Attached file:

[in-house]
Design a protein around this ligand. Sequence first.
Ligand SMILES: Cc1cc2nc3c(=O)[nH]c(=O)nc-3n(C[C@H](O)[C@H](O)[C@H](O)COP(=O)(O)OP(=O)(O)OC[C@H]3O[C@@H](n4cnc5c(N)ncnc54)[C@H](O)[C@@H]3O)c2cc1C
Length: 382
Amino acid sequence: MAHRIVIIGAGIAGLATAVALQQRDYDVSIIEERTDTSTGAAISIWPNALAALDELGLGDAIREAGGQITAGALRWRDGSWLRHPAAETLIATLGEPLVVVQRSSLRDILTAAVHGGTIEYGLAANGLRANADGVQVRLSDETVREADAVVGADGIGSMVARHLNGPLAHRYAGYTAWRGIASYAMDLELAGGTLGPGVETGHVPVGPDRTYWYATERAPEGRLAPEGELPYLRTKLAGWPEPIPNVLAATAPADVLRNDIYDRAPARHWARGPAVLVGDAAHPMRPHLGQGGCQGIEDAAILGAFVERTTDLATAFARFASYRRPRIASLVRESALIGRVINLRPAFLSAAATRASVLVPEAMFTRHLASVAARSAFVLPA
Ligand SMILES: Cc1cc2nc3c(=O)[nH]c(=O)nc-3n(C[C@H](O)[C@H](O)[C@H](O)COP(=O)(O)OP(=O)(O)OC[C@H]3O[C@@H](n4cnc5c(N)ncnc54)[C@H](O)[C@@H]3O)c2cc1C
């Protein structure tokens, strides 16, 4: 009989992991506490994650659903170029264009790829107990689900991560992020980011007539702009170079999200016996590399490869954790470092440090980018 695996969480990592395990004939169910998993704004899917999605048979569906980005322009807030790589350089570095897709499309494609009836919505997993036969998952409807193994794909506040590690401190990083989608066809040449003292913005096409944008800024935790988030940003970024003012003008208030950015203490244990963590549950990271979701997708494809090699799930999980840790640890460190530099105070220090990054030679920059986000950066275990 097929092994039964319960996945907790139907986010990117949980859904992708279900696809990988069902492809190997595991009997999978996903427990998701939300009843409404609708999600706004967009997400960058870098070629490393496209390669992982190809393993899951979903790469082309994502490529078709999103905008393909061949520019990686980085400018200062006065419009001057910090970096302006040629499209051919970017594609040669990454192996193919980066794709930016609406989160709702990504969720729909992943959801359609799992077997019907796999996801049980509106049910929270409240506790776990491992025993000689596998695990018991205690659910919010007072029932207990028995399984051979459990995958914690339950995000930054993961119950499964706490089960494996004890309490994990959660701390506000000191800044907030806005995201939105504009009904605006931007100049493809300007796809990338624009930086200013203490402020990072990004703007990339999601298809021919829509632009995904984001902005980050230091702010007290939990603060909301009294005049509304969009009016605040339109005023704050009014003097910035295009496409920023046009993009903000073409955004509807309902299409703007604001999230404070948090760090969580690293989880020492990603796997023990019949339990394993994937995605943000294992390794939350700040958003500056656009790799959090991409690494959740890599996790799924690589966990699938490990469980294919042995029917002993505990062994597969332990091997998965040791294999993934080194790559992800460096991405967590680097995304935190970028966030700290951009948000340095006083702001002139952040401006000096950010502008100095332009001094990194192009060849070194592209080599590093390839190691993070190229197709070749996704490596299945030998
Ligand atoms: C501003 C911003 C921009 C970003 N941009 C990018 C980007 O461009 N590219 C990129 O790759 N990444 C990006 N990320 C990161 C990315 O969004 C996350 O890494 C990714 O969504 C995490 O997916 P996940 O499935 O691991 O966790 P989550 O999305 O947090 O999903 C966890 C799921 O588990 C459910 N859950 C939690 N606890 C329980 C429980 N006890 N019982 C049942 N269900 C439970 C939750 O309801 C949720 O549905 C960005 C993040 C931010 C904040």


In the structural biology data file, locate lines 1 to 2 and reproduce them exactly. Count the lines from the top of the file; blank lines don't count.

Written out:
[in-house]
Design a protein around this ligand. Sequence first.